The firm, which manufactures ingredients for high-street baker Greggs, is heading a consortium of companies to work on the novel process, which has received funding from a £7M government investment pot.
Macphie will work alongside acoustic technology company PCT and bakery equipment manufacturer Mono Bakery to develop the project, which the company says will allow it to “promote healthier products, without compromising taste”.
The firm remained tight-lipped on the technical specifics of the new process, which is currently at the early stages of development.
A spokesman told Food Manufacture.co.uk: “It is a great opportunity for Macphie. It is a fiercely competitive market and, at this stage, we don’t want to give anything away to our competitors.”
The firm also confirmed that the technology was the “world’s first” of its kind and that a patent was currently in the offing.
The £500,000 project is receiving a grant of about £187,000 from the UK government’s Technology Strategy Board (TSB) A further £56,000 of funding is being provided by Scottish Enterprise, according to press reports.
The firms involved in the consortium will also invest in the venture.
Ashley Baker, head of R&D at Macphie, said: “Securing this grant is a reflection of the cutting-edge, innovative and unique nature of the technology that we are developing.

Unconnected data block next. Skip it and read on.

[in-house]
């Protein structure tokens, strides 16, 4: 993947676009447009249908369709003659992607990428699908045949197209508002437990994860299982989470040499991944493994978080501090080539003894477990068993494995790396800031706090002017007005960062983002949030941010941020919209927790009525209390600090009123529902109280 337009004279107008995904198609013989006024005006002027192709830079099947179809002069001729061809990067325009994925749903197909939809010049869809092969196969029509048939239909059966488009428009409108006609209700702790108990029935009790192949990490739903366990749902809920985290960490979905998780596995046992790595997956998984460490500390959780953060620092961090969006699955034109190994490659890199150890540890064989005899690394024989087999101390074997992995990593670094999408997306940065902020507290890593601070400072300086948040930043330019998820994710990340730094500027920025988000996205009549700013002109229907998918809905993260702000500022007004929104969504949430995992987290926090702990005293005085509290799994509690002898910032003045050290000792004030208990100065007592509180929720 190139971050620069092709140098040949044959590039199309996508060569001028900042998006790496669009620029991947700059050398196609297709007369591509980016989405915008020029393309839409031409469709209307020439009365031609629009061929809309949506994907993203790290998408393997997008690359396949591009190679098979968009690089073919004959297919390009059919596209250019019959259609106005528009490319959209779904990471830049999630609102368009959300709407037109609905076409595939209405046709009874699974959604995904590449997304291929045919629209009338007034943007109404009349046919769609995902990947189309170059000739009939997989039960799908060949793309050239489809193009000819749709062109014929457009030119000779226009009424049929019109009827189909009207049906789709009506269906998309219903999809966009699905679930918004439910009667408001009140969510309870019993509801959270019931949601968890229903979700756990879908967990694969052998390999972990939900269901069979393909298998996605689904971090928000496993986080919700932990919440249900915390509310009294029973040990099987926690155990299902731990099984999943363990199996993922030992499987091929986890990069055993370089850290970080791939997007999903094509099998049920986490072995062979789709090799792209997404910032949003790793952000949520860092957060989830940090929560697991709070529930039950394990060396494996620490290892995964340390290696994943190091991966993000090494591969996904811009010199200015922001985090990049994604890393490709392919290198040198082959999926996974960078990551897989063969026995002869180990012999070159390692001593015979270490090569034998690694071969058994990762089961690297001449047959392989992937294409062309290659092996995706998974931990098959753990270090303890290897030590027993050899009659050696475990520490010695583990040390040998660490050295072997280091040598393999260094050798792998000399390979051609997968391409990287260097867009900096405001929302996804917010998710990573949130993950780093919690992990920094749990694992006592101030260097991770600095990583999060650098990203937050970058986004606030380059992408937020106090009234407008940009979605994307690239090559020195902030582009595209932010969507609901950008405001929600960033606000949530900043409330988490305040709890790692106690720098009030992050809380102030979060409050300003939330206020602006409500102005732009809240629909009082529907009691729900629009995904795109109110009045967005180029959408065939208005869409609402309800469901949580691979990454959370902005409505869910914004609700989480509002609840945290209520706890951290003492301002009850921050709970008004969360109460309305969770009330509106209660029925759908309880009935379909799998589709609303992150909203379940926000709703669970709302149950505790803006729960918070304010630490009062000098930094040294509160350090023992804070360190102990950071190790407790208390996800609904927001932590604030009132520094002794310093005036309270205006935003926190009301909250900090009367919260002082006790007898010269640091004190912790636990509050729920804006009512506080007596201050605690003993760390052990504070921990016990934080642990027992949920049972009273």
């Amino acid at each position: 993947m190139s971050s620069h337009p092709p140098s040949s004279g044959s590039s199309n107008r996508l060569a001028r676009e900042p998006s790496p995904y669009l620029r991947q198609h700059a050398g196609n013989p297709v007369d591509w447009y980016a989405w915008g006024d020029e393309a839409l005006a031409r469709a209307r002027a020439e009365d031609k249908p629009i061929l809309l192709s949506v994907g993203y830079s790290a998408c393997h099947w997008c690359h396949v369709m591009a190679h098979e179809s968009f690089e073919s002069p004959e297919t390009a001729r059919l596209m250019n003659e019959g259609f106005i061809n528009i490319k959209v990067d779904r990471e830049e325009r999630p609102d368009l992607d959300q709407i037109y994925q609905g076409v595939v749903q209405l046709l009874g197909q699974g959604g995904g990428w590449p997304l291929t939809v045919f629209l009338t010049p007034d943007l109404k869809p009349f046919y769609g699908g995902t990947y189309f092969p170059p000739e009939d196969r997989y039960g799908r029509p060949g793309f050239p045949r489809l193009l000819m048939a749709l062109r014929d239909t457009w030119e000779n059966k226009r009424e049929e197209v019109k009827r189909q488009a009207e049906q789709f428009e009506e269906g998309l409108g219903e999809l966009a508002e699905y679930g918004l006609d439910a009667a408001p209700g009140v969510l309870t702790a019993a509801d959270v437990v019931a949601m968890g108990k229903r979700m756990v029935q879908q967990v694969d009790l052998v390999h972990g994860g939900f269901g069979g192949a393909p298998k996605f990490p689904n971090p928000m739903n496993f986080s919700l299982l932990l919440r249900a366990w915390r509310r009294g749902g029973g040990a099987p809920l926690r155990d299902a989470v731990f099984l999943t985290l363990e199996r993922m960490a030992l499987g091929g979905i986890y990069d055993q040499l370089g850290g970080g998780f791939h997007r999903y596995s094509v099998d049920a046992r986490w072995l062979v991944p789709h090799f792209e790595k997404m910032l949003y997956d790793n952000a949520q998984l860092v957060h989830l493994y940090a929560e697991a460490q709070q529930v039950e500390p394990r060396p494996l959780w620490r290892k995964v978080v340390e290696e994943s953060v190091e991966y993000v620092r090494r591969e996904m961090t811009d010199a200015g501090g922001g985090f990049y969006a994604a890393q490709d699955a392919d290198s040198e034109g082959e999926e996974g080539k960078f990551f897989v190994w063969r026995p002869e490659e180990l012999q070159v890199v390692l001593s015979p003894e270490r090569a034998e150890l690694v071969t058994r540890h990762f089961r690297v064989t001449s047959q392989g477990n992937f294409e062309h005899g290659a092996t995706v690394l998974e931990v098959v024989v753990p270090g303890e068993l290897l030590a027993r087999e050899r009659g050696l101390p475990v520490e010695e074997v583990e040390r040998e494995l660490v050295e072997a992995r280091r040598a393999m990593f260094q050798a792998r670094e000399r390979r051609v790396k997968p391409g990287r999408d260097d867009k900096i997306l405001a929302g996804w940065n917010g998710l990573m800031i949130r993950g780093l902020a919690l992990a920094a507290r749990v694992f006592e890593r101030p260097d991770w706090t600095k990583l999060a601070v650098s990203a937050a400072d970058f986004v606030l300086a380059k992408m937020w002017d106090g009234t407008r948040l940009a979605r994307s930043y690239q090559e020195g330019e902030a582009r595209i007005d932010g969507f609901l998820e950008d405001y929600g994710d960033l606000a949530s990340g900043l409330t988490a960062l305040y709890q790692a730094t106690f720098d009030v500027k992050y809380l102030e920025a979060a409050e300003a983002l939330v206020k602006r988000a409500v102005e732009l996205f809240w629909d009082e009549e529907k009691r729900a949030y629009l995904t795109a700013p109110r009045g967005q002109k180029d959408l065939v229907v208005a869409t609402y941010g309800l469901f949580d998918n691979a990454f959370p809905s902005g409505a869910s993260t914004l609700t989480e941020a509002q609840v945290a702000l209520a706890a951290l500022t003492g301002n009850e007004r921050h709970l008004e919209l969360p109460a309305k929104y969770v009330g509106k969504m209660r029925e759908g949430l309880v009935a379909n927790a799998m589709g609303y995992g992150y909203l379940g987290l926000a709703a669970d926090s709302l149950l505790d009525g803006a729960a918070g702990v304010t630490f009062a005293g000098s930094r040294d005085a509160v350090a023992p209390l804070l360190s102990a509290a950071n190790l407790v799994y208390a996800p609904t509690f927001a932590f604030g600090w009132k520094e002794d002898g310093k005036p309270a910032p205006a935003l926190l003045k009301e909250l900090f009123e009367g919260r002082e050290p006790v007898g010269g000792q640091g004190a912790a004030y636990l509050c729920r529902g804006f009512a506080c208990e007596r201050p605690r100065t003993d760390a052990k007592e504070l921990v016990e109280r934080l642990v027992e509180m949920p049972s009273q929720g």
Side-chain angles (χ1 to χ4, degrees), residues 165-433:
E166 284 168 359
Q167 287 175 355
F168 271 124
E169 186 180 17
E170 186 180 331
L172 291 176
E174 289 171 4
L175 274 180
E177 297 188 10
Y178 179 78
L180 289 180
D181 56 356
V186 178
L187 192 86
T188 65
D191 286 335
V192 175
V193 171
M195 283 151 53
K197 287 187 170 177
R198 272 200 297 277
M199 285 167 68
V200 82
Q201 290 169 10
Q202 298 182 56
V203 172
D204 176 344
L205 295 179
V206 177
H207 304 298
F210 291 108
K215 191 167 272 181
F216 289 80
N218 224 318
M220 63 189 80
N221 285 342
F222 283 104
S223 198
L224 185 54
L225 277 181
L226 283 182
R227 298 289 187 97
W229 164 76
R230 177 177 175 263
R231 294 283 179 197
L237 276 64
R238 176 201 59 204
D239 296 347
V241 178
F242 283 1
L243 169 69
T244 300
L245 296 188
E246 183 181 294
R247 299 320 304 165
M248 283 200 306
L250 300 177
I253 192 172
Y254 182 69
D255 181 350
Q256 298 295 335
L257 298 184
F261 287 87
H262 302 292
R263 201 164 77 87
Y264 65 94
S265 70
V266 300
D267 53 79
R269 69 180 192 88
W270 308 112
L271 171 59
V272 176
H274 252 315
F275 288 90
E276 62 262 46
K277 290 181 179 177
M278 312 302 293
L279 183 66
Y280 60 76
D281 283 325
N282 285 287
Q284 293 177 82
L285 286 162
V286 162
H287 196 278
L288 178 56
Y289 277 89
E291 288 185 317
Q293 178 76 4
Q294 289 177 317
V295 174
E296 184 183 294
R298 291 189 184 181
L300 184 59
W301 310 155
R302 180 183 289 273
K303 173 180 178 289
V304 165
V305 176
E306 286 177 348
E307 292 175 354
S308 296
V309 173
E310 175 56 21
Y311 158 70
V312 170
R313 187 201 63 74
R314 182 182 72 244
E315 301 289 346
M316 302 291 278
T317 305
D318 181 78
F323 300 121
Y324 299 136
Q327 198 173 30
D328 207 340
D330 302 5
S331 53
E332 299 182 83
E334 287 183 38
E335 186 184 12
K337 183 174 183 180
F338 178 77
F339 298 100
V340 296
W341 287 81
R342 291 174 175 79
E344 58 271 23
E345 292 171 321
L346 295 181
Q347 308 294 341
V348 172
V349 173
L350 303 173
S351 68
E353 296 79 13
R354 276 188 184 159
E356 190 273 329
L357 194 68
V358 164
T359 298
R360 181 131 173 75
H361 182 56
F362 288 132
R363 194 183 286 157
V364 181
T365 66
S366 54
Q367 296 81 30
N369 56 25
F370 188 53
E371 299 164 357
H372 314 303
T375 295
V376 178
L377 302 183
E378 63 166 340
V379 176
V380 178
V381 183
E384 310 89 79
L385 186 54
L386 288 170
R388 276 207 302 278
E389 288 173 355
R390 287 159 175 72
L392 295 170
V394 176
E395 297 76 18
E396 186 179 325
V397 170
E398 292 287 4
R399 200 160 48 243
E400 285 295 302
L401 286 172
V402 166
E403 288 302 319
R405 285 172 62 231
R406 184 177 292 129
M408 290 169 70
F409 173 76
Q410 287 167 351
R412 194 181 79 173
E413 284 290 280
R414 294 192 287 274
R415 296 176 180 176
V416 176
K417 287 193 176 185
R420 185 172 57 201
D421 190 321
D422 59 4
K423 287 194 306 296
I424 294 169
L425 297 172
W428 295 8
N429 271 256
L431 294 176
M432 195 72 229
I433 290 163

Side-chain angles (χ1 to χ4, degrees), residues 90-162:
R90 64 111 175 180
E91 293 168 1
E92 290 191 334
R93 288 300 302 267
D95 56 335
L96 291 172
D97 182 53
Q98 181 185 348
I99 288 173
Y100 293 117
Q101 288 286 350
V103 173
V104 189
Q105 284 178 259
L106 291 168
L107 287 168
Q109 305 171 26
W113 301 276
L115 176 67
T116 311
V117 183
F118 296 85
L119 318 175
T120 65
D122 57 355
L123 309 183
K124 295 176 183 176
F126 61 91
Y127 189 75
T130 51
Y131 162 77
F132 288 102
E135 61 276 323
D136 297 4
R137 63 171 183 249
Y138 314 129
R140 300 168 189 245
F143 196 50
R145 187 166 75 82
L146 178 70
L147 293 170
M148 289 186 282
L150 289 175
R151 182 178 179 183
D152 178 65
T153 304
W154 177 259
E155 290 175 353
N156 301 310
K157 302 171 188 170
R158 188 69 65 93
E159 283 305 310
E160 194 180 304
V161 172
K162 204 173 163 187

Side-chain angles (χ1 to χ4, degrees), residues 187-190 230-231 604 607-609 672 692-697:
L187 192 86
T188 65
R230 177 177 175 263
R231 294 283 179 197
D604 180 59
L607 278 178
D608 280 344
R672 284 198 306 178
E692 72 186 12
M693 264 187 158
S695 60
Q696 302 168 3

“This is one of a number of exciting upstream collaborative R&D projects that Macphie is currently progressing with universities, with the aim of translating world-leading science into commercial technologies to be made in Scotland.”
This is just one of a number of R&D projects that have been awarded a share of government funding which seeks to support projects that are new to the sector and that make foods healthier and safer.
Ian Gray, TSB chief executive, said: “Changes in our dietary and lifestyle patterns have seen an increase in diet-related diseases such as obesity, diabetes, hypertension and stroke.
“These exciting new research projects and studies, which between them cover the whole food supply chain from agriculture through to retail, have the potential to make a positive impact in the longer term, improving public health and reducing the burden these diseases place on our health system.”
More than 50 research projects aimed at developing healthier, safer and more nutritious food will benefit from the £7M plus government investment.
Maggie McGinlay, director of Scottish Enterprise’s food and drink team, said: "The global health, nutrition and wellbeing market is expected to be worth around £348bn by 2012.
“With the UK market worth £20bn and Scotland’s share of this at £1bn, we're already helping companies to target this emerging sector through our Food and Health Innovation Service. It's great to see that 11 of the 51 projects being announced today are being led by Scottish companies looking to exploit these market opportunities for growth."